O Come, O Come, Thou Lord of might,
Who to Thy tribes on Sinai’s height,
In ancient times didst give the law,
In cloud and majesty and awe:
Rejoice! Rejoice! Emmanuel shall come to Thee O Israel!
O Wisdom, proceeding from the mouth of the Most High,
Pervading and permeating all creation,
Mightily ordering all things:
Come and teach us the way of prudence.
In proverbs Solomon advises us, “The beginning of wisdom is this: get wisdom.” What he means is that wisdom begins with the desire for and determination to have wisdom. It is recognizing that one does not have wisdom in himself and that one desperately needs it. This antiphon prays for exactly that. Further it also recognizes where the true and full wisdom comes from.
Proverbs 8 teaches us that Christ is wisdom personified. This is the same as John 1 saying that Jesus is the Word made flesh. For it is the mouth of the Lord which pours forth wisdom (Proverbs 2:6) and it is on “every word that proceeds from the mouth of the Lord” (Deuteronomy 8:3) that man is to live. That word proceeding from the mouth of the Lord is Jesus Christ. He is the one who became for us wisdom from God. And it is His Word which is able to make you “wise for salvation through faith which is in Christ Jesus.” (2 Timothy 3:15).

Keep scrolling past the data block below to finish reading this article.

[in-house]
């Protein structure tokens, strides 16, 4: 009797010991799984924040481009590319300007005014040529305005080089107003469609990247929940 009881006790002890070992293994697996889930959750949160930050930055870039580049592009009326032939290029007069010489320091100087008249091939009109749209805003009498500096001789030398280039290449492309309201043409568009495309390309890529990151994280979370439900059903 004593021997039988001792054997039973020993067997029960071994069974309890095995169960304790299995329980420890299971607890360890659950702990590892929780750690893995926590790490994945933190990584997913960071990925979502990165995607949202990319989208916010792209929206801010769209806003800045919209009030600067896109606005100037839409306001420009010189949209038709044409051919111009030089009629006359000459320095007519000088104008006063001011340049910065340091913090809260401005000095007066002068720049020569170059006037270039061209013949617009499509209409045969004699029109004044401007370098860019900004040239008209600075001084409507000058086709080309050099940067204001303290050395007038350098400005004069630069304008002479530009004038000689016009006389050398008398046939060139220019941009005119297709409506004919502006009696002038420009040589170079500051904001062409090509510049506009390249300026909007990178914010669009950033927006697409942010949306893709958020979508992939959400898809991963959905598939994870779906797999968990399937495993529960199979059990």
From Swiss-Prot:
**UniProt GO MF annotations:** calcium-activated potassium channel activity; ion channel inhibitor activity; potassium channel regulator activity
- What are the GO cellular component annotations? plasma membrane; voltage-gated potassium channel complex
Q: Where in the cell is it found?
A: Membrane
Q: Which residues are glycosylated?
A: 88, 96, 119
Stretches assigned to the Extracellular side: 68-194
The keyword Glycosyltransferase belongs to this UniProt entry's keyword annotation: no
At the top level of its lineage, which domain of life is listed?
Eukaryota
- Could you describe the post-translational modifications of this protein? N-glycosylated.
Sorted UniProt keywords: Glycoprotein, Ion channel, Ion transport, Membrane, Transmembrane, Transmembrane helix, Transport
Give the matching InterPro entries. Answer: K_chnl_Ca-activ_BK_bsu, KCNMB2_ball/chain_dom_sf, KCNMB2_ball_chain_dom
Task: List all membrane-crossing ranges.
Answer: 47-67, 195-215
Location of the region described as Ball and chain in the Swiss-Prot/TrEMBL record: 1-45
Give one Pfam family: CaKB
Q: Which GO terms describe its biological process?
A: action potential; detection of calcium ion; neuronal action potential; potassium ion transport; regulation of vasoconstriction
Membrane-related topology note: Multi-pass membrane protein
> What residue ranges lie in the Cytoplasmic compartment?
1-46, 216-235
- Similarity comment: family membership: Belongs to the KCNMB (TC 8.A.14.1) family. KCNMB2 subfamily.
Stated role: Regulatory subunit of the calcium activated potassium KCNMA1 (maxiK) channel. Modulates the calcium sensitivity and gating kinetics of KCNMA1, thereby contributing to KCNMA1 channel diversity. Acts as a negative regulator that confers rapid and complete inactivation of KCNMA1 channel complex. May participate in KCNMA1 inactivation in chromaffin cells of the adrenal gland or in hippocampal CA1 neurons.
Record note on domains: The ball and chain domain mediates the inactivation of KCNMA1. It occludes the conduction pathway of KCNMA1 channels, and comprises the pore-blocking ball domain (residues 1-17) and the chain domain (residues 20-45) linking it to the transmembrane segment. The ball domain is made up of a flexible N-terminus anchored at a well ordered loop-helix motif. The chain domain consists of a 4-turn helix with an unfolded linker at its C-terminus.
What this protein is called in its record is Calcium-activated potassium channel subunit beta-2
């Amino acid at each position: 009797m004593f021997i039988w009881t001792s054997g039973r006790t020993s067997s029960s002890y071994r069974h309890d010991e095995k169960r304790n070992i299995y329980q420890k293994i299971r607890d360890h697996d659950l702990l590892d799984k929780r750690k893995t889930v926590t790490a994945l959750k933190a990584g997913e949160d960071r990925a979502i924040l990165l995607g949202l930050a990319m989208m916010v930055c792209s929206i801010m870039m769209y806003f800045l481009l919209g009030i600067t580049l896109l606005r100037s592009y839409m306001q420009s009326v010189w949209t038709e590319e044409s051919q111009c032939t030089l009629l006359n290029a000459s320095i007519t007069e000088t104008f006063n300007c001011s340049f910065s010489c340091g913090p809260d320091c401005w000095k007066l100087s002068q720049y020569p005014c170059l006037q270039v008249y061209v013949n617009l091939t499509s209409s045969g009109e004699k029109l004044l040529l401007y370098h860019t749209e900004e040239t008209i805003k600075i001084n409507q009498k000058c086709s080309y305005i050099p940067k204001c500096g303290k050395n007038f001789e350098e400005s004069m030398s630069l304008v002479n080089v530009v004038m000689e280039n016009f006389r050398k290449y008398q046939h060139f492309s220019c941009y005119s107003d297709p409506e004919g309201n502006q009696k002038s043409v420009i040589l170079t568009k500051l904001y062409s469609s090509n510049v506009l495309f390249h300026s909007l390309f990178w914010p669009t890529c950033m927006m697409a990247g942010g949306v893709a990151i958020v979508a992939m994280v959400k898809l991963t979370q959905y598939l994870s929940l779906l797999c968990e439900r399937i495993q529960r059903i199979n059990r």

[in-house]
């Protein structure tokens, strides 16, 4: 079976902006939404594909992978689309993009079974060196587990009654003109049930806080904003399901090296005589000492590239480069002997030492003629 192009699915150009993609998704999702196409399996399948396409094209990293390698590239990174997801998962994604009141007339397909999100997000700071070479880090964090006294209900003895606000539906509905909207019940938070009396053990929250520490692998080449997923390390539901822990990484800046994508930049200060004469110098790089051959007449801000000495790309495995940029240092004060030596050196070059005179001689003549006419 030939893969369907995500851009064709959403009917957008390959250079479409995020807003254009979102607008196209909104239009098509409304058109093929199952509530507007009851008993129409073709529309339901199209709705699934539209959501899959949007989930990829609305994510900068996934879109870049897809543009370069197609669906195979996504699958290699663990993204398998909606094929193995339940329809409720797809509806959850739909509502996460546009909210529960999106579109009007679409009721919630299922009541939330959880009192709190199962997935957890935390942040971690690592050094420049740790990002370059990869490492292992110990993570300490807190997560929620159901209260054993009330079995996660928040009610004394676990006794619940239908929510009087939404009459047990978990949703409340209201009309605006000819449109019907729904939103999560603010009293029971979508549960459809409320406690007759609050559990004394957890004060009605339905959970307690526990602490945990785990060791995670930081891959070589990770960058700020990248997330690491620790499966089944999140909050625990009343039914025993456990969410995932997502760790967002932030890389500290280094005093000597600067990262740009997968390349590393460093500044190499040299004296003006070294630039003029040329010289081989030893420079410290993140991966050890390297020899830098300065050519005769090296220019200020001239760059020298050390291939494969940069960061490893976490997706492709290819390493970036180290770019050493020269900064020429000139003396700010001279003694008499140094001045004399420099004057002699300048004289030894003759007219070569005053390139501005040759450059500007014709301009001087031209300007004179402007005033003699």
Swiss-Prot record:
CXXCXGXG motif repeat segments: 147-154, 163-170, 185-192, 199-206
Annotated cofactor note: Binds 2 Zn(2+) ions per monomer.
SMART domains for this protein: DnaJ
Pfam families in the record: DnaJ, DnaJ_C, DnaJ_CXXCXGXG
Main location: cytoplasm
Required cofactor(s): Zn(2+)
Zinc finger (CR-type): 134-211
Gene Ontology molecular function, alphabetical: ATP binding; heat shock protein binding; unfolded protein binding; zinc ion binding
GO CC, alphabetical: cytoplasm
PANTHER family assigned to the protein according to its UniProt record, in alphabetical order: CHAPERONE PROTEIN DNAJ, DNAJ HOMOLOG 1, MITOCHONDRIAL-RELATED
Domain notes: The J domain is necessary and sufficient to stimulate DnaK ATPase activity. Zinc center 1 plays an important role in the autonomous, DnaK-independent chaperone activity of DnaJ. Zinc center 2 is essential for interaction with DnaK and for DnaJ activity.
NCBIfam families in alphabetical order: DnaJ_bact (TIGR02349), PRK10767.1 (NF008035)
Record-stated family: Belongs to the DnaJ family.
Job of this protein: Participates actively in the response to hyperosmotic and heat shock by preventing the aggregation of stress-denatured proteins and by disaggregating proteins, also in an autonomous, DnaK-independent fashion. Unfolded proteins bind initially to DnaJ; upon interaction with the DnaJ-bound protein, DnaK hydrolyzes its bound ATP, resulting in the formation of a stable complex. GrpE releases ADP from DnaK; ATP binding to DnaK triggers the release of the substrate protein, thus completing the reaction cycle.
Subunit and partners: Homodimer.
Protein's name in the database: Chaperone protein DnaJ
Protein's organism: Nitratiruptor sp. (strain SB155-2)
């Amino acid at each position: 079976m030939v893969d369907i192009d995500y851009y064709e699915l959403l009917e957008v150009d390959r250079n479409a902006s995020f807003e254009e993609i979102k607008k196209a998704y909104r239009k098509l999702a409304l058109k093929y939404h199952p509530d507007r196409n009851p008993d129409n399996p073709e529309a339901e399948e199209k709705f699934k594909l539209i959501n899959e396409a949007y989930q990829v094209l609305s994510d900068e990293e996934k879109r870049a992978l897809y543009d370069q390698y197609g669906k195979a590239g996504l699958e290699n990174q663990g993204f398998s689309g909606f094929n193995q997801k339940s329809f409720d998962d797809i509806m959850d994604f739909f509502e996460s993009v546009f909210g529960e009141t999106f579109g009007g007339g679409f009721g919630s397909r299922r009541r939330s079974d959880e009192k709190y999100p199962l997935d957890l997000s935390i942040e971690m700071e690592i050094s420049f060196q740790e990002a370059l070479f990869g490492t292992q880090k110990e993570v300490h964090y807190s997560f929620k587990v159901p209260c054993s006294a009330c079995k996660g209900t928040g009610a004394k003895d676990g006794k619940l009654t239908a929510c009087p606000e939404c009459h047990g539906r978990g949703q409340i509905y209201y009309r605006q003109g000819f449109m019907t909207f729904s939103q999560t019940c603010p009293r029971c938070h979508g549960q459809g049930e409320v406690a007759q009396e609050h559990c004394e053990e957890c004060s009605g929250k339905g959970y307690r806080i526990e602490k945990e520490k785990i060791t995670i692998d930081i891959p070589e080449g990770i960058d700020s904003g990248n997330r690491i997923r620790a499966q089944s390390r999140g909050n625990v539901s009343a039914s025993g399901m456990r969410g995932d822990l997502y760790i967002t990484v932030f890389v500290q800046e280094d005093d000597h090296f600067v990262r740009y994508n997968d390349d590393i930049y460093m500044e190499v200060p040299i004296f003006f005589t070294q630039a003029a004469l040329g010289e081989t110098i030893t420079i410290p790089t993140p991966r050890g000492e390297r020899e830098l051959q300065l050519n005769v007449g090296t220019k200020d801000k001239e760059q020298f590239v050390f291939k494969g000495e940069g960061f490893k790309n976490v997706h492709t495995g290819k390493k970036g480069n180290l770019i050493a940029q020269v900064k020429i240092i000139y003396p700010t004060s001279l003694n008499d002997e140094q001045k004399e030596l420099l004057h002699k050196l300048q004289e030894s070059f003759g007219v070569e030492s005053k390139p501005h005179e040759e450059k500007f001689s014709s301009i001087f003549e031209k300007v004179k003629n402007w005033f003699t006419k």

In sophomore year English class, Prof Sullivan used to begin the year by having us all say “I am ignorant.” His point was, we should begin the study of something by recognizing our ignorance about it and then gain knowledge. No one who thinks he is wise in himself will ever be able to find wisdom. But in this prayer we pray for Christ to come as our wisdom because we recognize that we do not have it. We do not know how to order our lives for our own or our neighbor’s temporal and eternal good. We do not know ourselves or our God. We do not know the way to life eternal. But Jesus knows all these things. He Himself is these things and teaches these things. He opens His mouth and by soaking in His Word we find wisdom. We find wisdom in His law which teaches us about ourselves and our neighbors and our God. It teaches what duties we owe and how we ought to order our lives and live in this world. It also shows us the spiritual truth about our status before God as sinners. That is, it teaches us that we are not wise ourselves.
Jesus then also gives us the wisdom of the gospel, that is of the cross, which is our salvation. Here is a philosophy that actually works! It leads to eternal life. O come, wisdom and teach us!